In the wake of the suspected suicide of football legend Gary Speed,
River reporter Andrew Murphy talks about his childhood hero,
keeping secrets and living with his own depression and mental illness

Heaven knows I’m miserable now

By Andrew Murphy

On Sunday November 27, one of my childhood heroes, Gary Speed, was found dead at his home.

I can still remember watching him run out on that hallowed Wembley turf as my childhood dreams of FA Cup glory were shattered twice in successive seasons. To hear now, 12 years on, that Gary Speed had killed himself, made me ponder who else I knew might be suffering in silence as I did.

According to national statistics, women are far more likely to be treated for depression than men. But Samaritans say men are three times more likely to commit suicide. The maths just don’t add up.

The times they are a-changing. Men now feel comfortable wearing pink (certain men, admittedly), yet still find it extremely difficult to discuss mental illness.

Overall, it’s a fairly miserable day when you’re diagnosed with depression.

When this happened to me a few years ago, I was told: “Suffering from a mental illness does not make you ‘mentally ill.’”

In fact, one in four British adults experience at least one diagnosable mental health problem in any one year, and one in six people you know are suffering right at this moment.

It’s easy to bounce around statistics without truly comprehending what they mean, especially when the lines of what constitutes a ‘diagnosable mental health problem’ seem so blurred, but the point remains that there’s something we need to talk about and we’re just not doing it.

Suicide remains the most common cause of death in men under 35 and, quite frankly, is never the answer.

I started on anti-depressants when I was 17, and was warned at the time that the drugs would motivate me before they lifted my mood. Any suicidal urges would be magnified.

A week later, I overdosed on 48 paracetamol and spent the next few days recovering in hospital.

Other than being a complete waste of £3.96, this experience should have taught me I really couldn’t manage this illness by myself.

In continuing to live a lie, I hadn’t even given the drugs a chance to work. In fact, it wasn’t until this point that my own mother learned of my suffering.

Had I opened up then, I could have saved myself hours of time having secret meetings with countless care co-ordinators, counsellors, psychologists and mental health doctors.

But the longer it goes on, the harder it is to tell anyone. I wasn’t even being honest with the doctors trying to help me and I hadn’t spoken to my mother about it since she brought me home from hospital. It’s no wonder depression is so under diagnosed among young men.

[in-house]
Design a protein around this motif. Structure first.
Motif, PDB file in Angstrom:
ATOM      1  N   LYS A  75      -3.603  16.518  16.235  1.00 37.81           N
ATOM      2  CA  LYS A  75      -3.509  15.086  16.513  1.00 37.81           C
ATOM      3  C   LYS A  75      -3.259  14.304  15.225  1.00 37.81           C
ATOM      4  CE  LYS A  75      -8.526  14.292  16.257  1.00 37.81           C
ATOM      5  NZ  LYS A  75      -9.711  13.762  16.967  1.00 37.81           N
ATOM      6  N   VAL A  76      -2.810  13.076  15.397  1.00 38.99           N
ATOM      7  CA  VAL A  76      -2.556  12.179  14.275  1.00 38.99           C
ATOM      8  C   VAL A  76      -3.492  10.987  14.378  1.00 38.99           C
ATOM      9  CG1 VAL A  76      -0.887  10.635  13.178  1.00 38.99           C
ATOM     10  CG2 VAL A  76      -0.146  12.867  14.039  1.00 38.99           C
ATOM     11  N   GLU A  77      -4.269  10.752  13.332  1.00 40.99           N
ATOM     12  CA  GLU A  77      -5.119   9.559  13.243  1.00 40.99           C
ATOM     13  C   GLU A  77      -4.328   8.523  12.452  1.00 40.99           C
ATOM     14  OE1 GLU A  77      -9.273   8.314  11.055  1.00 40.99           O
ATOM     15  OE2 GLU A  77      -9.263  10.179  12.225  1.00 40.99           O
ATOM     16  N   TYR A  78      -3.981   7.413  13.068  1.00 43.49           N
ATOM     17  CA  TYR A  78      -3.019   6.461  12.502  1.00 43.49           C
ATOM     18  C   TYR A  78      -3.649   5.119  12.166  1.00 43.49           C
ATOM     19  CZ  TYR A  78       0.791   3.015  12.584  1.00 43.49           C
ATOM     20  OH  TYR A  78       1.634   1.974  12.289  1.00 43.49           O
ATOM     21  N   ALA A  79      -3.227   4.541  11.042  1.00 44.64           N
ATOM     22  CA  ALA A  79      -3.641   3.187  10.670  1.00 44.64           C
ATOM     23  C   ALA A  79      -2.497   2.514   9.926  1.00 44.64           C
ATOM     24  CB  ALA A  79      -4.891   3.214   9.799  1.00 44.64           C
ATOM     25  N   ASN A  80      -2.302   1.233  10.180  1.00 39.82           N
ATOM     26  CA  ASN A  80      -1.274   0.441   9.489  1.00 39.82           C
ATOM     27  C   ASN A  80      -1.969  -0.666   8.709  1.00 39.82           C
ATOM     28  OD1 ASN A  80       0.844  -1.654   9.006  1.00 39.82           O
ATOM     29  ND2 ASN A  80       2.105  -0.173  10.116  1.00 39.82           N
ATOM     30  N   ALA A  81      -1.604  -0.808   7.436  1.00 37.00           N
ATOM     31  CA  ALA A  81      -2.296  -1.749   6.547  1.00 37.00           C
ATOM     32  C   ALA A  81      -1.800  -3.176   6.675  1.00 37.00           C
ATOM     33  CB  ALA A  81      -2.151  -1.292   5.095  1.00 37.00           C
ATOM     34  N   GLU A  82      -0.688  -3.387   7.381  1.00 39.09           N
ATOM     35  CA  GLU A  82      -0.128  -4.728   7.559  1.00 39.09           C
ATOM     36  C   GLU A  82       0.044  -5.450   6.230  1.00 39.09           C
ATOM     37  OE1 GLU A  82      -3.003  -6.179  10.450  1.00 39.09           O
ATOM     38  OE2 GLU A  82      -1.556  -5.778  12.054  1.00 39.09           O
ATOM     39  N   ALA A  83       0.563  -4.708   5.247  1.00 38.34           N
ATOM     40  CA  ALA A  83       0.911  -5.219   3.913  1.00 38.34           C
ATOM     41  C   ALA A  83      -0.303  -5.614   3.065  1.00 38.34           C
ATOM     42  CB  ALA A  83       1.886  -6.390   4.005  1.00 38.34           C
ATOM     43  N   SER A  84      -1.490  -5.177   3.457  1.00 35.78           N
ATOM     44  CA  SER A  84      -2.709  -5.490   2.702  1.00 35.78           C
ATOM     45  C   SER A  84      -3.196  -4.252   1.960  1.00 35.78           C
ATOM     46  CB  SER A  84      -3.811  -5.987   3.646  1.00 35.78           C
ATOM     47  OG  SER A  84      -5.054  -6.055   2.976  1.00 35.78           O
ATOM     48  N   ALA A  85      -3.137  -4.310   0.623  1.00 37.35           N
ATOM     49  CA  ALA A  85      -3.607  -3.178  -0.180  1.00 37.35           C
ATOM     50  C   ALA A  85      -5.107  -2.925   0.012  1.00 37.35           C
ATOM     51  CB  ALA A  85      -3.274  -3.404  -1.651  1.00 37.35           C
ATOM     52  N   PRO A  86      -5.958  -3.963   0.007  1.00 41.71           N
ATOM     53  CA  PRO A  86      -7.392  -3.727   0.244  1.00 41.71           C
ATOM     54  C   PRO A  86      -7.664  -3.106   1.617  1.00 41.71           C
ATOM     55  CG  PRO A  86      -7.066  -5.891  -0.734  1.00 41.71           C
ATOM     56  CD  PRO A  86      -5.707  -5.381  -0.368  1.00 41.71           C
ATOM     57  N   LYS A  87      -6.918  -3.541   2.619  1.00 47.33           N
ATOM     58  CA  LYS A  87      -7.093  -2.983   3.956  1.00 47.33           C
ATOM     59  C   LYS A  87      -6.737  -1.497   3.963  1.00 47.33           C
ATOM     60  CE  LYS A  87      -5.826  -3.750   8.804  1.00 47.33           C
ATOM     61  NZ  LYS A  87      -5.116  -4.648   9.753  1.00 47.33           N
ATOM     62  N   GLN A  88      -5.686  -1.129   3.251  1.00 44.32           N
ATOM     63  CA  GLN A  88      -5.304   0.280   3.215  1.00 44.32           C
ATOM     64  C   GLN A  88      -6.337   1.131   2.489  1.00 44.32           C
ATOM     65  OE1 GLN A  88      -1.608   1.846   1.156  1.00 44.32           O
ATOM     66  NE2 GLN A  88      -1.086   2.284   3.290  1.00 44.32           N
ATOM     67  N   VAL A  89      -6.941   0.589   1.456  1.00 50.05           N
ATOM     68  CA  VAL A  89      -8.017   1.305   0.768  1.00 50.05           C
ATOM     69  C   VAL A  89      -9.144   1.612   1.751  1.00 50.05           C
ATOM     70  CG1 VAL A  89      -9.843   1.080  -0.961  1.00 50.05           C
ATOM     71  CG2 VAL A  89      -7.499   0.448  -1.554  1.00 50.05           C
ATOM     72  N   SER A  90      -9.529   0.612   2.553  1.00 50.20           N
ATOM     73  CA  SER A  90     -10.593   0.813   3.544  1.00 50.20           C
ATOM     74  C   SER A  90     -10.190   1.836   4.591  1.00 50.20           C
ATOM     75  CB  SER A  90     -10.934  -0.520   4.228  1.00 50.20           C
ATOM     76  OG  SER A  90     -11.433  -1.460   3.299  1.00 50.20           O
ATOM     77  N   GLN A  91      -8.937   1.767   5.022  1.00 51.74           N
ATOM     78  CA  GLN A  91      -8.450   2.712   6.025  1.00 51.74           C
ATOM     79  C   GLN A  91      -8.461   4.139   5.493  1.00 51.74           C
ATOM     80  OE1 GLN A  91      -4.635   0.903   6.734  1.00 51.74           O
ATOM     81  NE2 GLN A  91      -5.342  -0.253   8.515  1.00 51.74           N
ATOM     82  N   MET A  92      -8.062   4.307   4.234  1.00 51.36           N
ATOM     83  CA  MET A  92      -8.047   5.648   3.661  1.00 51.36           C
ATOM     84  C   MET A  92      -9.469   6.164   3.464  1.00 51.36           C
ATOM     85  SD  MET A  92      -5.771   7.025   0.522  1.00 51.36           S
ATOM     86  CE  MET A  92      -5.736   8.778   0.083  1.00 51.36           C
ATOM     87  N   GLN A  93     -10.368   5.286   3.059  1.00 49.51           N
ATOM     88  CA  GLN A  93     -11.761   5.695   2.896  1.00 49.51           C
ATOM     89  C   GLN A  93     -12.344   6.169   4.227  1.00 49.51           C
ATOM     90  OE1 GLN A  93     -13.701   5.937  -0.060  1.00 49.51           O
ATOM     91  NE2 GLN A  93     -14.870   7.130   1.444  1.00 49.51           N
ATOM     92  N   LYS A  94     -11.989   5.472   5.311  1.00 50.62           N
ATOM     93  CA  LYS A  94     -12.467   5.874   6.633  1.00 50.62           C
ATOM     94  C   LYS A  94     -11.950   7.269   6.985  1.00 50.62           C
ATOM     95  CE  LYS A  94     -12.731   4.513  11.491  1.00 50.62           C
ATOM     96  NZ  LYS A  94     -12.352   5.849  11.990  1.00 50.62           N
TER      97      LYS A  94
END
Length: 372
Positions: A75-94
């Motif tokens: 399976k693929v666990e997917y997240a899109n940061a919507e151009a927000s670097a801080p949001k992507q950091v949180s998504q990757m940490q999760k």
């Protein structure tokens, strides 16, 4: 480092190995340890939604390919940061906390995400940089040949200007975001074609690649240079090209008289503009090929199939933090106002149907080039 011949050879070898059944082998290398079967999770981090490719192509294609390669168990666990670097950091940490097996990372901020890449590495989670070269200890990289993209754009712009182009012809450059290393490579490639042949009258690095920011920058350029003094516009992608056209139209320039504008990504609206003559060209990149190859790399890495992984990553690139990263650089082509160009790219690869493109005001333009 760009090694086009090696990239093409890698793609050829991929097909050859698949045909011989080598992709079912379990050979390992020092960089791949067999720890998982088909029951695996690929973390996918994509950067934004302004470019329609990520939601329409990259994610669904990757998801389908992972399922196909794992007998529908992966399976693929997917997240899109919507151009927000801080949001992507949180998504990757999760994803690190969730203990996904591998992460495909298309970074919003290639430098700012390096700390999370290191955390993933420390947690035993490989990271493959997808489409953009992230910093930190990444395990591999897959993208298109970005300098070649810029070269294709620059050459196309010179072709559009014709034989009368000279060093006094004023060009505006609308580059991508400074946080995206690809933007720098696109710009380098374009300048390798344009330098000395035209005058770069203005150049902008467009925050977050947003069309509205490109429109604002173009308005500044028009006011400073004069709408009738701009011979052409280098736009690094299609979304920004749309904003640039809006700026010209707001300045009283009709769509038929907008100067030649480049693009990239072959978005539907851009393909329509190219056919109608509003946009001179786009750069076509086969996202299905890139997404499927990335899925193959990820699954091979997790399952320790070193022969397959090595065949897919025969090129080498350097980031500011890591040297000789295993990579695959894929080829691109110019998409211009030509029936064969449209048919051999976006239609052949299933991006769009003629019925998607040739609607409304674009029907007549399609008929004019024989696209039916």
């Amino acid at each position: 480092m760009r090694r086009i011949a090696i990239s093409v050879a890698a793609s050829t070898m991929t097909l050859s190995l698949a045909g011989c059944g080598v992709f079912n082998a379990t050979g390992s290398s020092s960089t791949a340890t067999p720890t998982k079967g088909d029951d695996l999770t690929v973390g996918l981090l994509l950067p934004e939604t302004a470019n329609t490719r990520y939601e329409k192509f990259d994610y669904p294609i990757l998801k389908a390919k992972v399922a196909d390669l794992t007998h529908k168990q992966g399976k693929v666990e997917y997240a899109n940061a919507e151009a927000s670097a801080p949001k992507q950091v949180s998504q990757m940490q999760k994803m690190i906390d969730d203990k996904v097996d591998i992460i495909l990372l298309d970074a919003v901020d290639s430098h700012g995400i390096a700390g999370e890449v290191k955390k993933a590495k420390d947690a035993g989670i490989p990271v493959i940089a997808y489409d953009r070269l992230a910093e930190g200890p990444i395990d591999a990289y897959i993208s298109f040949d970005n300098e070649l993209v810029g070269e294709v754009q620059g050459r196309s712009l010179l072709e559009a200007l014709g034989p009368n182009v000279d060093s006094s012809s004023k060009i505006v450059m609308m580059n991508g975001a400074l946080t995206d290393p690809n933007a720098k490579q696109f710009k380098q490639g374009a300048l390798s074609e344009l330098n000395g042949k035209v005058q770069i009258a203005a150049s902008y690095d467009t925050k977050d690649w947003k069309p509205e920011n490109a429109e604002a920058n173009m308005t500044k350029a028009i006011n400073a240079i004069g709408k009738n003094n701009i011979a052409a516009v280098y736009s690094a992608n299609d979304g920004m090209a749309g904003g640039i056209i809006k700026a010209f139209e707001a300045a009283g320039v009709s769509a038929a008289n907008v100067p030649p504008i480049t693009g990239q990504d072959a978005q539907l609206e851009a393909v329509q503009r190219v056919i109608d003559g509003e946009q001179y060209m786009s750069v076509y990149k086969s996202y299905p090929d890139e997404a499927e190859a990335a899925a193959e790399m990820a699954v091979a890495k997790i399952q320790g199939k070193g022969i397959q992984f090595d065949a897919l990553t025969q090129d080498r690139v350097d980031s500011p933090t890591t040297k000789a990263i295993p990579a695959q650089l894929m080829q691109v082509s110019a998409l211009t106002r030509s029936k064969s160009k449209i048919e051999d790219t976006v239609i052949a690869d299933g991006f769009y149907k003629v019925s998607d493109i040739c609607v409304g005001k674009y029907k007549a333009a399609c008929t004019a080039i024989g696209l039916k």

There is a stigma surrounding the condition, and a lack of awareness that breeds embarrassment for its sufferers. Really we should just cheer up. Stop being so glum.

People feel guilty for suffering, so maybe they’ll self-harm (the UK has one of the highest rates of self-harm in Europe). Possibly they’ll end up in hospital.

I have had two stays in hospital, and you certainly don’t forget the first time a 6ft by 6ft man in an open dressing gown and y-fronts introduces himself as Jesus Christ.

For someone suffering from depression it should never get to that point – psychiatric wards should not be home to people who feel they should be embarrassed by what is actually a common illness.

 The first time I was picked up by police and taken to hospital, I was standing in the middle of a main road.

Their original idea was to take me home and that I be looked after there, but upon escaping out of my bathroom window and running back up the same road for fear of capture, they had no choice but to section me.
The truth of the matter is that I wasn’t psychotic. My paranoia had manifested itself solely due to me suffering alone.

Had I not been ashamed to talk reasonably about my depression, then I’d have acted reasonably and not put mine or anyone else’s lives in danger.
Really, there’s no need to be embarrassed. The truth is that many people are arseholes, and as a human being you have to deal with that.

Quite simply, some of us are better at dealing with it than others.

In the beginning, it’s fair to say I dealt with my depression less than admirably.

When finally you do open up to someone, they will almost certainly ask why you hadn’t just said something in the first place. You’ll wish you had.
Statistically speaking, 10 per cent of us will be diagnosed with depression in our lifetimes.

That’s one in ten of the men who will read this article.

If you are a sufferer, the bad news is you are likely to always be. That’s why you need people on your side. Whatever helps you to deal with it, don’t suffer in silence.

Get help, cheer up

The Kingston Samaritans
12 St. Andrew’s Road, Surbiton, Surrey, KT6 4DT
Phone: 020 8399 6676
Supportline
UK hotline for suicide
Phone: 020 8554 9004

Kingston University’s counselling service
(Free to all KU students)
Health Centre, Penrhyn Road campus
Phone: 0208 417 2172

Read more stories about KU students suffering from depression in the next issue of The River.

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